Purchase this article with an account.
Y. Xia, R.C. Carroll, S. Nawy; Visual Stimulation Modulates AMPA Receptor Trafficking and Synaptic Subunit Expression in Mammalian Retina . Invest. Ophthalmol. Vis. Sci. 2006;47(13):1511.
Download citation file:
© ARVO (1962-2015); The Authors (2016-present)
We have previously shown evidence that AMPA receptors (AMPARs) conditionally cycle into and out of the plasma membrane in mammalian retina, and the extent of cycling is inversely related with activity levels. More specifically, light stimulation modulates AMPARs cycling in a pathway specific manner. In light–adapted retina, the ongoing synaptic activity in ON cells serves to suppress AMPAR trafficking, whereas dark adaptation switches them into a cycling mode. However, the physiological relevance of this type of plasticity has not yet been examined; in particular, questions remain about the impact of cycling on synaptic transmission.
We did whole cell recording on cells in the ganglion cell layer. The AMPAR mediated light response and responses to puffs of AMPA were isolated with a cocktail solution of antagonists to GABA, glycine and NMDA receptors (Picrotoxin, Bicuculline, TPMPA, Strychnine and APV).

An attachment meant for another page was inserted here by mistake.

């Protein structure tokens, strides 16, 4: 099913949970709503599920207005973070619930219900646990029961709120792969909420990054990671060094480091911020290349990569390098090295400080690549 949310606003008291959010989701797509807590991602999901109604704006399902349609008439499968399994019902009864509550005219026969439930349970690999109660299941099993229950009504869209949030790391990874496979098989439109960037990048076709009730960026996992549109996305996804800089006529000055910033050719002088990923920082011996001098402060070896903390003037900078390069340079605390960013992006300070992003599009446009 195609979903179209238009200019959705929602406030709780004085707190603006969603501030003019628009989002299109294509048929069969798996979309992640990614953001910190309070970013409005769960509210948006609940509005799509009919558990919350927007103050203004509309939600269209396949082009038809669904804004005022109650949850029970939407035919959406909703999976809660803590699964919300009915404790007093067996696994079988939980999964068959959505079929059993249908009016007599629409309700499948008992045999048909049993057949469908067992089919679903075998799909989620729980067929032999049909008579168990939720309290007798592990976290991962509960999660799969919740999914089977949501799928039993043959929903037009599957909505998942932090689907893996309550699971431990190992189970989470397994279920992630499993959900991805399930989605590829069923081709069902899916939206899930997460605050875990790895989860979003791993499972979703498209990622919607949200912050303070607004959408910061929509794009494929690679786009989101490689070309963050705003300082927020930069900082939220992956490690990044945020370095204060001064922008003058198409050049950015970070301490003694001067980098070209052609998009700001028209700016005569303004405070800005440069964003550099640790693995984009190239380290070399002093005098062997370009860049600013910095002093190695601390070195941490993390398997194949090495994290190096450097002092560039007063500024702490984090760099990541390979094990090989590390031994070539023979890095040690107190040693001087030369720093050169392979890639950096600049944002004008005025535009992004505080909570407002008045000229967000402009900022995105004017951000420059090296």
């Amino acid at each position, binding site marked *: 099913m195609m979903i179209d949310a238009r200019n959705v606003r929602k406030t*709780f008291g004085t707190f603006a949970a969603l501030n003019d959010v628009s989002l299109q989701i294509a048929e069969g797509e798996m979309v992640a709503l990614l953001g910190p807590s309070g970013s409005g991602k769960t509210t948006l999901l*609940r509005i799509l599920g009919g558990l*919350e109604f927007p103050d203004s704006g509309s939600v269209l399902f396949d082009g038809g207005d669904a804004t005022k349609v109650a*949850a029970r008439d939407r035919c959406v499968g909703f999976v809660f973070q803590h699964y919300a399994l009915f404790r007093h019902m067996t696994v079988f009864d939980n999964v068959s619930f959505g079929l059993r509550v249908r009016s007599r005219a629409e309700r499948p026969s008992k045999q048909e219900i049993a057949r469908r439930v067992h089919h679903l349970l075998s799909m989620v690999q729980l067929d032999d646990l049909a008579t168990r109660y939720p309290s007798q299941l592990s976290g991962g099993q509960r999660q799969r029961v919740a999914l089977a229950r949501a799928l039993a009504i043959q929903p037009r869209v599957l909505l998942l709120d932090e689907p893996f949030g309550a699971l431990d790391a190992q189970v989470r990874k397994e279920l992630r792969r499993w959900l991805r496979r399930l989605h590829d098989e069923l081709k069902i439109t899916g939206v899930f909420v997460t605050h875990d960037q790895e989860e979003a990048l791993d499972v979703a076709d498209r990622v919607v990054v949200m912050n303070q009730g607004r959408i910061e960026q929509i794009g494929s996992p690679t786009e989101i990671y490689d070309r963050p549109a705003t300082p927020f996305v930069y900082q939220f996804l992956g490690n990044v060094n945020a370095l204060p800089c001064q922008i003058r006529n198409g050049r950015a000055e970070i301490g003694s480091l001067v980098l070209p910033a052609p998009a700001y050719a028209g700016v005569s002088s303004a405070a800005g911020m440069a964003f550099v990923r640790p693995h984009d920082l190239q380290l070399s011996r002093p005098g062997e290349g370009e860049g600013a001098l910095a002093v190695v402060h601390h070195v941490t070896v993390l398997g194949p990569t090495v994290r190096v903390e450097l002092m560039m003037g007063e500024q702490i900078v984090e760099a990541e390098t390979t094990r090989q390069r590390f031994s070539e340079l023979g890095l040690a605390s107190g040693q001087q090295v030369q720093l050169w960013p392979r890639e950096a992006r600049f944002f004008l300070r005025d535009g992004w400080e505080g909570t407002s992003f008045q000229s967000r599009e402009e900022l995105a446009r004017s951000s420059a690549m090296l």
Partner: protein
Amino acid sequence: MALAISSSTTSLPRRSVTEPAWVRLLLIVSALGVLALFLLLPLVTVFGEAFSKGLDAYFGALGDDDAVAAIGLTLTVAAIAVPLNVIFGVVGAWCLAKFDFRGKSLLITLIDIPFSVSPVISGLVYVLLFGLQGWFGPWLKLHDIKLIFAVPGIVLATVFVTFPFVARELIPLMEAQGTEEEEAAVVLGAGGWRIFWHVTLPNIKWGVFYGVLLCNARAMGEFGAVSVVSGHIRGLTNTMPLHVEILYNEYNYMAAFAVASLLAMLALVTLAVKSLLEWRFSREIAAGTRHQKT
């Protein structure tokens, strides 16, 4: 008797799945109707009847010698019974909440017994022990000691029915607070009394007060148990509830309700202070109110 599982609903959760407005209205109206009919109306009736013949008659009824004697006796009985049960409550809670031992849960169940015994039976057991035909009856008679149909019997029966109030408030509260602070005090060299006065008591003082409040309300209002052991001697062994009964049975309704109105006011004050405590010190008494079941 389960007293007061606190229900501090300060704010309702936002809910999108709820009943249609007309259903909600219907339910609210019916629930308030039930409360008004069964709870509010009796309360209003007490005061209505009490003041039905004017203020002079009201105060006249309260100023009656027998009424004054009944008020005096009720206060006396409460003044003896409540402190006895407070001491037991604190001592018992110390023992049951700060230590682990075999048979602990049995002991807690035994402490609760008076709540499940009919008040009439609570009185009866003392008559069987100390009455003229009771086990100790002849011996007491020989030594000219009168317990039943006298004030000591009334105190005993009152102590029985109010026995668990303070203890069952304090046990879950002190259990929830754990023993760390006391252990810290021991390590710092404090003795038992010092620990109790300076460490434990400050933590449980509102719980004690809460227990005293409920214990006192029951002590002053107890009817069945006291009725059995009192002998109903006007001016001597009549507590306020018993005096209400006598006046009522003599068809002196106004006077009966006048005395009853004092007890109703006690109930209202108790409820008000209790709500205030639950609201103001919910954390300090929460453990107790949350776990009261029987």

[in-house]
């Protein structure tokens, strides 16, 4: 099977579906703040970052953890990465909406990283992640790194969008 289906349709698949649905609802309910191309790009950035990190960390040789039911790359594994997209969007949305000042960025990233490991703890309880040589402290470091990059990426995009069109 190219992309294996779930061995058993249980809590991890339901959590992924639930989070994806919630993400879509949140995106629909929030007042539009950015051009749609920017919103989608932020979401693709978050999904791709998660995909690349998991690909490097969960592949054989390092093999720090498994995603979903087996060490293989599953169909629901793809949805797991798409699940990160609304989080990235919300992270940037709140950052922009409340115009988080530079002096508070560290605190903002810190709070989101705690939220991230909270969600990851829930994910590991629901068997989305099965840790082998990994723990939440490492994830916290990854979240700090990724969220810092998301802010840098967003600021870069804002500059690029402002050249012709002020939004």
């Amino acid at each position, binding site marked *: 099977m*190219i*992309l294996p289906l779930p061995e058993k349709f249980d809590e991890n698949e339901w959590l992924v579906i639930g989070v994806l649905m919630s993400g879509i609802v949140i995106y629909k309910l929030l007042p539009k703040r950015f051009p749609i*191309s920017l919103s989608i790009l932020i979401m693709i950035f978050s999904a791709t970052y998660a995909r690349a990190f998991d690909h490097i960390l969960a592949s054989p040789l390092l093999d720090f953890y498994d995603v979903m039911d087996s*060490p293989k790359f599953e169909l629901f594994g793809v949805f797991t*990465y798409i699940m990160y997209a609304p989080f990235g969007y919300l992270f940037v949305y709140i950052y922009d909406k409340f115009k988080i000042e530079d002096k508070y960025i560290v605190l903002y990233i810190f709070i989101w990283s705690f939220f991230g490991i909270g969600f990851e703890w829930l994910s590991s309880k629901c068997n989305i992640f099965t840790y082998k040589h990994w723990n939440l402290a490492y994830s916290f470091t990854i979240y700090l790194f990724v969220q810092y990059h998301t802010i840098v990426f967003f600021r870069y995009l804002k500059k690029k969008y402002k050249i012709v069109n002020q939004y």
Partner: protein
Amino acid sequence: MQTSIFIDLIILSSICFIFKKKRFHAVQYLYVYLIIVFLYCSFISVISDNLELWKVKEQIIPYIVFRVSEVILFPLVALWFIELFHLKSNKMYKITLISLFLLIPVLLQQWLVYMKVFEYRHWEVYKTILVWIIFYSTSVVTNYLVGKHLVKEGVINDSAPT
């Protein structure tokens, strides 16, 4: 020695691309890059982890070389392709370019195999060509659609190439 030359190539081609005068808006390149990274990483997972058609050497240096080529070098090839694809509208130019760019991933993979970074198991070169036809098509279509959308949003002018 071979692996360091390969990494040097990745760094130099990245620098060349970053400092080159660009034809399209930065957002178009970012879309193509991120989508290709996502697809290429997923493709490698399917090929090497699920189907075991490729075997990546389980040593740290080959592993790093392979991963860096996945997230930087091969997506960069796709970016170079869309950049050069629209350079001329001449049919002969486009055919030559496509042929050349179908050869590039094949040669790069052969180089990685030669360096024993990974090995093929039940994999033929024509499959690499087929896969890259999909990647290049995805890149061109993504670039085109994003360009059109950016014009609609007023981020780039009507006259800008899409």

To investigate the timing requirement for inducing rapid trafficking in ON cells, we dark adapted mice for various periods of time and dialyzed cells with dynamin blocking peptide that is known to block endocytosis of AMPARs. We found that 8–hours of dark adaptation caused a 1.30±0.07 fold run–up of AMPA puff responses, suggesting that fast cycling of AMPARs can be induced within a normal day/night cycle. However, the amplitude of light response remained constant (1.01±0.06), indicating rapid AMPAR cycling occurs only within the extra–synaptic compartment. In separate experiments, we recorded synaptic light responses from ON cells dialyzed with spermine, which, at positive potentials blocks GluR2–lacking receptors, resulting in strong voltage–dependent rectification. In light adapted retina, light responses exhibited slight rectification (rectification ratio of 0.72±0.01), indicating that the synapses are composed predominantly of GluR2 containing receptors. Interestingly, we observed much stronger rectification in dark–adapted retina (rectification ratio of 0.32±0.03, p=0.01), implying cycling of AMPAR may remove GluR2–containing receptors away from synapses.
Our results suggest that during normal day/night cycle, light dynamically modulates extra–synaptic AMPAR trafficking between non–cycling and cycling modes. Perhaps independently or as a consequence of receptor cycling, light also changes the composition of synaptic AMPAR types and provides a mechanism of controlling synaptic transmission.
This PDF is available to Subscribers Only